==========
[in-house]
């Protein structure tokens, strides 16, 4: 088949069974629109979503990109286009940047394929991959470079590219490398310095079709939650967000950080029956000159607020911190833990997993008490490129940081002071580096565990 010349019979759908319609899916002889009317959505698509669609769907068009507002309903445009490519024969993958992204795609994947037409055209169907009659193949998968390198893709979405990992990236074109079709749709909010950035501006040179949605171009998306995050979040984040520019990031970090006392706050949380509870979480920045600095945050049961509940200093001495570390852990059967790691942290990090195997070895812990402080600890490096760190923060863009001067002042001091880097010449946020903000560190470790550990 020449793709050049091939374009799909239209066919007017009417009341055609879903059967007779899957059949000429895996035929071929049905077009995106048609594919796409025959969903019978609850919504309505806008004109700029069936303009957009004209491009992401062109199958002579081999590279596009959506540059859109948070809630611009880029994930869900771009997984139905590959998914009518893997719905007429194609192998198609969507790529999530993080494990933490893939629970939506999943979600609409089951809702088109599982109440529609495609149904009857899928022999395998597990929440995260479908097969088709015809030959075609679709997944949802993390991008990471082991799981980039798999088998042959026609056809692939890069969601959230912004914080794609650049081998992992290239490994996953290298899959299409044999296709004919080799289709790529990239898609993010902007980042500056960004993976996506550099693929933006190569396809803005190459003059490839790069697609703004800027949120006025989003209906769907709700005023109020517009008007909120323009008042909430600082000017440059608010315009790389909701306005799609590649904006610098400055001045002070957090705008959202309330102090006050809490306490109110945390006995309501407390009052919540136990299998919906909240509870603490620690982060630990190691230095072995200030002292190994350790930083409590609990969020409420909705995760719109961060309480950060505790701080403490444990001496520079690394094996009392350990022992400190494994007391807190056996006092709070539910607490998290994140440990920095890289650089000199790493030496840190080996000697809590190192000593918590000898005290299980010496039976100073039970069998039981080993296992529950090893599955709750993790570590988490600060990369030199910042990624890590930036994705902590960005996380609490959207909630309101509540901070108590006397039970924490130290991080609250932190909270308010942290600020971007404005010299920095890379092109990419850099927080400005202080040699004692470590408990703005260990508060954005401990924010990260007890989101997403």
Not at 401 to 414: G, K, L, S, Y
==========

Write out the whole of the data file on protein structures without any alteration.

[in-house]
């Protein structure tokens, strides 16, 4: 088949069974629109979503990109286009940047394929991959470079590219490398310095079709939650967000950080029956000159607020911190833990997993008490490129940081002071580096565990 010349019979759908319609899916002889009317959505698509669609769907068009507002309903445009490519024969993958992204795609994947037409055209169907009659193949998968390198893709979405990992990236074109079709749709909010950035501006040179949605171009998306995050979040984040520019990031970090006392706050949380509870979480920045600095945050049961509940200093001495570390852990059967790691942290990090195997070895812990402080600890490096760190923060863009001067002042001091880097010449946020903000560190470790550990 020449793709050049091939374009799909239209066919007017009417009341055609879903059967007779899957059949000429895996035929071929049905077009995106048609594919796409025959969903019978609850919504309505806008004109700029069936303009957009004209491009992401062109199958002579081999590279596009959506540059859109948070809630611009880029994930869900771009997984139905590959998914009518893997719905007429194609192998198609969507790529999530993080494990933490893939629970939506999943979600609409089951809702088109599982109440529609495609149904009857899928022999395998597990929440995260479908097969088709015809030959075609679709997944949802993390991008990471082991799981980039798999088998042959026609056809692939890069969601959230912004914080794609650049081998992992290239490994996953290298899959299409044999296709004919080799289709790529990239898609993010902007980042500056960004993976996506550099693929933006190569396809803005190459003059490839790069697609703004800027949120006025989003209906769907709700005023109020517009008007909120323009008042909430600082000017440059608010315009790389909701306005799609590649904006610098400055001045002070957090705008959202309330102090006050809490306490109110945390006995309501407390009052919540136990299998919906909240509870603490620690982060630990190691230095072995200030002292190994350790930083409590609990969020409420909705995760719109961060309480950060505790701080403490444990001496520079690394094996009392350990022992400190494994007391807190056996006092709070539910607490998290994140440990920095890289650089000199790493030496840190080996000697809590190192000593918590000898005290299980010496039976100073039970069998039981080993296992529950090893599955709750993790570590988490600060990369030199910042990624890590930036994705902590960005996380609490959207909630309101509540901070108590006397039970924490130290991080609250932190909270308010942290600020971007404005010299920095890379092109990419850099927080400005202080040699004692470590408990703005260990508060954005401990924010990260007890989101997403």
Not at 401 to 414: G, K, L, S, Y